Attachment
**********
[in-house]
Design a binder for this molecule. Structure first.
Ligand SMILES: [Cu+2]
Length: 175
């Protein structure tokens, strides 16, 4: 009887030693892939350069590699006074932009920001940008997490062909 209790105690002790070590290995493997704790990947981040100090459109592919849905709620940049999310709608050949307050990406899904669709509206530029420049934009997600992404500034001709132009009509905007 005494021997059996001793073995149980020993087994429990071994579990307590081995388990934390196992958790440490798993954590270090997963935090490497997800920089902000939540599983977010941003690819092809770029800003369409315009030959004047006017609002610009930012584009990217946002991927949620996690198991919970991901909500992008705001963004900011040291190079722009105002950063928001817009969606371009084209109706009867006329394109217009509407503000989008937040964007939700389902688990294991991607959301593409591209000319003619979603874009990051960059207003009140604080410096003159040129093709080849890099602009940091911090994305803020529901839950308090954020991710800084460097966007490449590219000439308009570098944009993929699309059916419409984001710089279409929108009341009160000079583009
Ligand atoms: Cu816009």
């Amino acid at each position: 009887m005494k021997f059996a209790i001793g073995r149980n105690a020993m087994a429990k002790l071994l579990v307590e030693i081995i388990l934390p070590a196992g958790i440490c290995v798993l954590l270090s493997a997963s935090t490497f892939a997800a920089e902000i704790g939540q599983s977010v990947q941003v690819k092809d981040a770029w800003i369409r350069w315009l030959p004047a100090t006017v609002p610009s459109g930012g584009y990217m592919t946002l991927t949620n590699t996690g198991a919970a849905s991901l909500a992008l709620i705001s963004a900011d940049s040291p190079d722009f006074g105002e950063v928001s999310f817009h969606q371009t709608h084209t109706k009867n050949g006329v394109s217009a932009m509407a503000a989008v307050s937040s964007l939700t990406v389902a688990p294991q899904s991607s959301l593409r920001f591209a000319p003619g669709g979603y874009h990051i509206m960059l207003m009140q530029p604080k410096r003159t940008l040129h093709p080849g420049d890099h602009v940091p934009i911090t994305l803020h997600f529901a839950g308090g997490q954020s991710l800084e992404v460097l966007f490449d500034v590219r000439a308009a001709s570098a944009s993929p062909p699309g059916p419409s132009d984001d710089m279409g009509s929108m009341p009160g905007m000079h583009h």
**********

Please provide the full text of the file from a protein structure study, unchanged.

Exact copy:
[in-house]
Design a binder for this molecule. Structure first.
Ligand SMILES: [Cu+2]
Length: 175
């Protein structure tokens, strides 16, 4: 009887030693892939350069590699006074932009920001940008997490062909 209790105690002790070590290995493997704790990947981040100090459109592919849905709620940049999310709608050949307050990406899904669709509206530029420049934009997600992404500034001709132009009509905007 005494021997059996001793073995149980020993087994429990071994579990307590081995388990934390196992958790440490798993954590270090997963935090490497997800920089902000939540599983977010941003690819092809770029800003369409315009030959004047006017609002610009930012584009990217946002991927949620996690198991919970991901909500992008705001963004900011040291190079722009105002950063928001817009969606371009084209109706009867006329394109217009509407503000989008937040964007939700389902688990294991991607959301593409591209000319003619979603874009990051960059207003009140604080410096003159040129093709080849890099602009940091911090994305803020529901839950308090954020991710800084460097966007490449590219000439308009570098944009993929699309059916419409984001710089279409929108009341009160000079583009
Ligand atoms: Cu816009």
């Amino acid at each position: 009887m005494k021997f059996a209790i001793g073995r149980n105690a020993m087994a429990k002790l071994l579990v307590e030693i081995i388990l934390p070590a196992g958790i440490c290995v798993l954590l270090s493997a997963s935090t490497f892939a997800a920089e902000i704790g939540q599983s977010v990947q941003v690819k092809d981040a770029w800003i369409r350069w315009l030959p004047a100090t006017v609002p610009s459109g930012g584009y990217m592919t946002l991927t949620n590699t996690g198991a919970a849905s991901l909500a992008l709620i705001s963004a900011d940049s040291p190079d722009f006074g105002e950063v928001s999310f817009h969606q371009t709608h084209t109706k009867n050949g006329v394109s217009a932009m509407a503000a989008v307050s937040s964007l939700t990406v389902a688990p294991q899904s991607s959301l593409r920001f591209a000319p003619g669709g979603y874009h990051i509206m960059l207003m009140q530029p604080k410096r003159t940008l040129h093709p080849g420049d890099h602009v940091p934009i911090t994305l803020h997600f529901a839950g308090g997490q954020s991710l800084e992404v460097l966007f490449d500034v590219r000439a308009a001709s570098a944009s993929p062909p699309g059916p419409s132009d984001d710089m279409g009509s929108m009341p009160g905007m000079h583009h």